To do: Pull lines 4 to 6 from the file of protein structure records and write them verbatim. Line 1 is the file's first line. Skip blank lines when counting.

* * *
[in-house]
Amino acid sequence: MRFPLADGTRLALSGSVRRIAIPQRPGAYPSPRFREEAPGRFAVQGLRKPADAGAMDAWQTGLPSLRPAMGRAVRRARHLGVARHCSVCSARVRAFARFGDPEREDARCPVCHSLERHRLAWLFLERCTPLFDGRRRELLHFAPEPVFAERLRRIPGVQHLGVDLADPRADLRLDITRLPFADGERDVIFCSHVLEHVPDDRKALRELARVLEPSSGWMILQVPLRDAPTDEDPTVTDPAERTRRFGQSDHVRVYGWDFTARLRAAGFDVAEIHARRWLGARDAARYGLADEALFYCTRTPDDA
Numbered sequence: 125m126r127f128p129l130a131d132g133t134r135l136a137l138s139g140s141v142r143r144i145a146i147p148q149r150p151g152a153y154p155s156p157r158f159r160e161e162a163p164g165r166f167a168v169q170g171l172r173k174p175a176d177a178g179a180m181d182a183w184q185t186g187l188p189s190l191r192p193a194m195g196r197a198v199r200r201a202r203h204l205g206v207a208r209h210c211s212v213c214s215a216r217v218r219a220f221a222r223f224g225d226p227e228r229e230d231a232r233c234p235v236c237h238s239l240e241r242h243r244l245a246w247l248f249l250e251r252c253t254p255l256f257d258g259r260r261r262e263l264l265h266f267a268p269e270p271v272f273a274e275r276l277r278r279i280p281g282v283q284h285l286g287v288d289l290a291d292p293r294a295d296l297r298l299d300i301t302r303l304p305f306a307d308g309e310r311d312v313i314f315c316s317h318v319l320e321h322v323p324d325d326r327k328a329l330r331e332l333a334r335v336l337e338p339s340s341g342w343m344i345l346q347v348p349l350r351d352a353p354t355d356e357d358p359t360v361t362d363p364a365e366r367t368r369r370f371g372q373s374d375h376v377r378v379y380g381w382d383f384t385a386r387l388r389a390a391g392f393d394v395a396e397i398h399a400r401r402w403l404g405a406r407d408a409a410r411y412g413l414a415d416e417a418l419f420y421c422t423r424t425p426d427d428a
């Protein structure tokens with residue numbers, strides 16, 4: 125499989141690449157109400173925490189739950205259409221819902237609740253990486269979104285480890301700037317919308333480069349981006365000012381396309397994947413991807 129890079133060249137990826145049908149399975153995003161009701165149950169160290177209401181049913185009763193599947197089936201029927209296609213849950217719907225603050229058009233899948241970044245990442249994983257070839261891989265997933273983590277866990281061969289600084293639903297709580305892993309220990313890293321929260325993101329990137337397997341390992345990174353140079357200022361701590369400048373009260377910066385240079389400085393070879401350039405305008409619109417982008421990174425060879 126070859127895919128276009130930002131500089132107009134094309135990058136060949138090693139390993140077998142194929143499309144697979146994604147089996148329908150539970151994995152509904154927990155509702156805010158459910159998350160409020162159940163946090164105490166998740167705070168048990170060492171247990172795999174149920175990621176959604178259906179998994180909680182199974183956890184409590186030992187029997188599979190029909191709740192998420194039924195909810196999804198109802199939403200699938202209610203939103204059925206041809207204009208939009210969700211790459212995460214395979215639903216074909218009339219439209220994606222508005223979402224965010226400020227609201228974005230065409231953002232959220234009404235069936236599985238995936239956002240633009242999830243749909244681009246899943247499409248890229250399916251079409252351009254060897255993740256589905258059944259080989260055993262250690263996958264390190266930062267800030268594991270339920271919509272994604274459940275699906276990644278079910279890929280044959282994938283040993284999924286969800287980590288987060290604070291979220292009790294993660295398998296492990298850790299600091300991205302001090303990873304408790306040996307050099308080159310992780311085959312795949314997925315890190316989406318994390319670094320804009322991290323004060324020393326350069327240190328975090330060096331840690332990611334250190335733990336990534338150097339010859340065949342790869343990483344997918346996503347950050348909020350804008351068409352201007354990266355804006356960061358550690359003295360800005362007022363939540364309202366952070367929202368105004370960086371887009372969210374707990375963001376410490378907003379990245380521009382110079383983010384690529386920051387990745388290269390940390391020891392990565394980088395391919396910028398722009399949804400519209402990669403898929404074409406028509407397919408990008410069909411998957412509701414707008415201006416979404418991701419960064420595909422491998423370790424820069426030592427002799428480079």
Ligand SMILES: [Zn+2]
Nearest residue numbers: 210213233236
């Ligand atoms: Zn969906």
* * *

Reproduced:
């Protein structure tokens with residue numbers, strides 16, 4: 125499989141690449157109400173925490189739950205259409221819902237609740253990486269979104285480890301700037317919308333480069349981006365000012381396309397994947413991807 129890079133060249137990826145049908149399975153995003161009701165149950169160290177209401181049913185009763193599947197089936201029927209296609213849950217719907225603050229058009233899948241970044245990442249994983257070839261891989265997933273983590277866990281061969289600084293639903297709580305892993309220990313890293321929260325993101329990137337397997341390992345990174353140079357200022361701590369400048373009260377910066385240079389400085393070879401350039405305008409619109417982008421990174425060879 126070859127895919128276009130930002131500089132107009134094309135990058136060949138090693139390993140077998142194929143499309144697979146994604147089996148329908150539970151994995152509904154927990155509702156805010158459910159998350160409020162159940163946090164105490166998740167705070168048990170060492171247990172795999174149920175990621176959604178259906179998994180909680182199974183956890184409590186030992187029997188599979190029909191709740192998420194039924195909810196999804198109802199939403200699938202209610203939103204059925206041809207204009208939009210969700211790459212995460214395979215639903216074909218009339219439209220994606222508005223979402224965010226400020227609201228974005230065409231953002232959220234009404235069936236599985238995936239956002240633009242999830243749909244681009246899943247499409248890229250399916251079409252351009254060897255993740256589905258059944259080989260055993262250690263996958264390190266930062267800030268594991270339920271919509272994604274459940275699906276990644278079910279890929280044959282994938283040993284999924286969800287980590288987060290604070291979220292009790294993660295398998296492990298850790299600091300991205302001090303990873304408790306040996307050099308080159310992780311085959312795949314997925315890190316989406318994390319670094320804009322991290323004060324020393326350069327240190328975090330060096331840690332990611334250190335733990336990534338150097339010859340065949342790869343990483344997918346996503347950050348909020350804008351068409352201007354990266355804006356960061358550690359003295360800005362007022363939540364309202366952070367929202368105004370960086371887009372969210374707990375963001376410490378907003379990245380521009382110079383983010384690529386920051387990745388290269390940390391020891392990565394980088395391919396910028398722009399949804400519209402990669403898929404074409406028509407397919408990008410069909411998957412509701414707008415201006416979404418991701419960064420595909422491998423370790424820069426030592427002799428480079």
Ligand SMILES: [Zn+2]
Nearest residue numbers: 210213233236